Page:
All that those in grief can do is to do what all of us can do when we are trapped in a painful situation from which there is no escape. We can re-construe it, that is, we give it a different meaning, something with which we hope we can live. However, the death of someone we love never allows us to construct a meaning in which there is no pain. No meaning however comforting can ever replace what might have been. As time passes the pain becomes softer but never disappears completely. Even when the person who dies is very old and suffering great pain, or has enormous physical disabilities for which there is no cure or amelioration, being told that the death is a 'merciful release' is not a comfort because, even if the person is beyond pain, you are not. You have to bear the pain of that loss and all that that loss means to you.
Each of us has the task of surviving both physically and as a person. We are born with a very keen sense of what might be a threat to us, and with a very readily activated defence, that of anger. Anger is an emotion that carries the meaning 'How dare that happen to me!' (All emotions are meanings where the subject is always the person feeling the emotion.) The death of someone we love is a threat to our sense of being a person. Consequently we cannot help but be angry. Wise people know how important it is to acknowledge our anger. Unacknowledged anger does not dissipate but stays inside us, only to make itself felt when we least expect it. Unfortunately, many of us are taught as children that our anger is unacceptable, even wicked. We bury our anger and thus fail to learn how to express it in a multitude of socially acceptable but self-affirming ways. When our anger does make itself felt, we do not know what to do what to do with it. Some people believe that, if they give vent to their anger they will be completely rejected by other people. They are so frightened of being punished in this way for being angry that they refuse to recognise their anger as anger and instead call it fear. They then find a cause for their fear somewhere in the world around them and refuse to leave the safety of their homes. Some people who have been bereaved react in this way.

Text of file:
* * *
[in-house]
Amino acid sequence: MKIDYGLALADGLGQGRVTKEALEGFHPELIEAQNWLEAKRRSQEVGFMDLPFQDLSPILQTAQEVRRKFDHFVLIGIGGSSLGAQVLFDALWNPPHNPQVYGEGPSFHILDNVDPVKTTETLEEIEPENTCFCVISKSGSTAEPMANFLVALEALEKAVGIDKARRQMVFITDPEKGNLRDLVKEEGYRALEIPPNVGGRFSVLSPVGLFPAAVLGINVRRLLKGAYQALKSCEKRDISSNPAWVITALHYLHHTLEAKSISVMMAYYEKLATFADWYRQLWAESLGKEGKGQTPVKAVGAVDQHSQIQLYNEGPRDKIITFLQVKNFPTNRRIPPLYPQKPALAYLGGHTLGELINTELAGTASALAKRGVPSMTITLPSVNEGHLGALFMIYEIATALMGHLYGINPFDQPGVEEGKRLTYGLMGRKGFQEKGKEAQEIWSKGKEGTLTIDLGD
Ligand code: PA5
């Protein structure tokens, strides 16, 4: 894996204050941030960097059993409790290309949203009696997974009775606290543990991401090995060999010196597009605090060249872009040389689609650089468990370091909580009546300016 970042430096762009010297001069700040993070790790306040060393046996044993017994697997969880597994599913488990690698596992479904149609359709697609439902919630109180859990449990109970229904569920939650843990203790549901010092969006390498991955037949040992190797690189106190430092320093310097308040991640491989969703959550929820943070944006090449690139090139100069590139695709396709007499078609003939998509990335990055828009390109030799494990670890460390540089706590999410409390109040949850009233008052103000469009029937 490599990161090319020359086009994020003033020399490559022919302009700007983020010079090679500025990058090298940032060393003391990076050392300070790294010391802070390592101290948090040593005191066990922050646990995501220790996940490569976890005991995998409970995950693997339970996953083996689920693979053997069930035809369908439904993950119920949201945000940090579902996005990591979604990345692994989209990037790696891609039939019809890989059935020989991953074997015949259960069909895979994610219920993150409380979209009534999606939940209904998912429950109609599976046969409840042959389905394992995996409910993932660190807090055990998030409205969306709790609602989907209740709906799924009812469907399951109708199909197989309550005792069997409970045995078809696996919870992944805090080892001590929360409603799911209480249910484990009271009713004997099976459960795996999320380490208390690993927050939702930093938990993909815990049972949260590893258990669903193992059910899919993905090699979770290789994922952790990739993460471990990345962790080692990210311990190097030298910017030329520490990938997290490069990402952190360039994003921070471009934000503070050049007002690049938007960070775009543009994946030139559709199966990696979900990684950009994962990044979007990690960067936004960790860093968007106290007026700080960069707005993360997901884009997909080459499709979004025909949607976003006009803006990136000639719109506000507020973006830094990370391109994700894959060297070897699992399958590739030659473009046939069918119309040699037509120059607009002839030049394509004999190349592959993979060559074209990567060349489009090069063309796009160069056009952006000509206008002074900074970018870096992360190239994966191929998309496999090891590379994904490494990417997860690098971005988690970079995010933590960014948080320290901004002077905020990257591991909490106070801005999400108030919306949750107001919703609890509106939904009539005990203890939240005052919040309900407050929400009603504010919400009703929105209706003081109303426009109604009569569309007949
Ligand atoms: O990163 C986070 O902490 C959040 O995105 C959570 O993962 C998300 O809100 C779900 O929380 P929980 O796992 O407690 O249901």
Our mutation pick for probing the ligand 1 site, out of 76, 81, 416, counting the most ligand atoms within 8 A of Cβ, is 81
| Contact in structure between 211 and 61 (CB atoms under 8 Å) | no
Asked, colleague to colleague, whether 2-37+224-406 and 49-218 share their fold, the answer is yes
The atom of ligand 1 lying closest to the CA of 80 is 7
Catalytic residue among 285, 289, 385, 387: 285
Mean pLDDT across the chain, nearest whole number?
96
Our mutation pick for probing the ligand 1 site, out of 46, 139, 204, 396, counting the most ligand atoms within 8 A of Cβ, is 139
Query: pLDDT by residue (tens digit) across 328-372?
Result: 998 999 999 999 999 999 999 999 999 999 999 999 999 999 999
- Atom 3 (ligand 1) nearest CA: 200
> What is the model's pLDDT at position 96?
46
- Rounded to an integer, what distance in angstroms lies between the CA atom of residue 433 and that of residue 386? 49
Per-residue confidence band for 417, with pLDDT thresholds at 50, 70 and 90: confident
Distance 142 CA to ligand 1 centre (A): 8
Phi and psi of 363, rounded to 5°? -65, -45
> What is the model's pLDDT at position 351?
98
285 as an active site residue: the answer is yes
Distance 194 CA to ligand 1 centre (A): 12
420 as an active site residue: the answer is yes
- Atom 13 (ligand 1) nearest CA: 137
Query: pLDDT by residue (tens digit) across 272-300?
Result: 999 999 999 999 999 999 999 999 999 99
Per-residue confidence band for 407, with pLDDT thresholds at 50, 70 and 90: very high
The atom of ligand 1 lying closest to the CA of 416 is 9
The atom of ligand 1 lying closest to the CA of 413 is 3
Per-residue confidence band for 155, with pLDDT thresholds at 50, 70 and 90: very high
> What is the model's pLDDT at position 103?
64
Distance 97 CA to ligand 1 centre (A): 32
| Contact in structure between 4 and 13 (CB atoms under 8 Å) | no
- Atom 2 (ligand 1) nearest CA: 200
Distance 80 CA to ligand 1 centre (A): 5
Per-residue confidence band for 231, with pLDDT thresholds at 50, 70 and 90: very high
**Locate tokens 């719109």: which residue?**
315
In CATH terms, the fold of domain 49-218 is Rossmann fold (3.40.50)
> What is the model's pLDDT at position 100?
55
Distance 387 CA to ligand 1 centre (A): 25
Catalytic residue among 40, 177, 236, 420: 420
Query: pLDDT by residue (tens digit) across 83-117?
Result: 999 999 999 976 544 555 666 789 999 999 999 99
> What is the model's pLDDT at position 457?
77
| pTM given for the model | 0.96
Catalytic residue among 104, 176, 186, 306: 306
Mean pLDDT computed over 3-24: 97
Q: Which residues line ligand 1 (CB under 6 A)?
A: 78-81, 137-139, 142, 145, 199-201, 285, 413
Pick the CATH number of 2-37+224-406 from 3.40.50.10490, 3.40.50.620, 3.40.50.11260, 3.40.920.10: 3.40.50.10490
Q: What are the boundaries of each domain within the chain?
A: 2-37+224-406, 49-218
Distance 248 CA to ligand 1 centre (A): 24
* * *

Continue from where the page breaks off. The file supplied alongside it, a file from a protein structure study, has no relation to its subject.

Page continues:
Robin Baird-Smith told how, when he relaxed his guard, he was surprised to feel an an anger so fierce that his whole body shook. He recognised that the meaning 'How dare this happen to me!' demands someone to blame. However, Robin was reluctant to respond in this way. He had been busy removing any likely object for his anger out of harm's way. He wrote, 'How could I feel angry with the driver who had driven into me? I learned subsequently that his girl friend who was in the passenger seat has suffered far worse and longer lasting orthopaedic injuries than me.'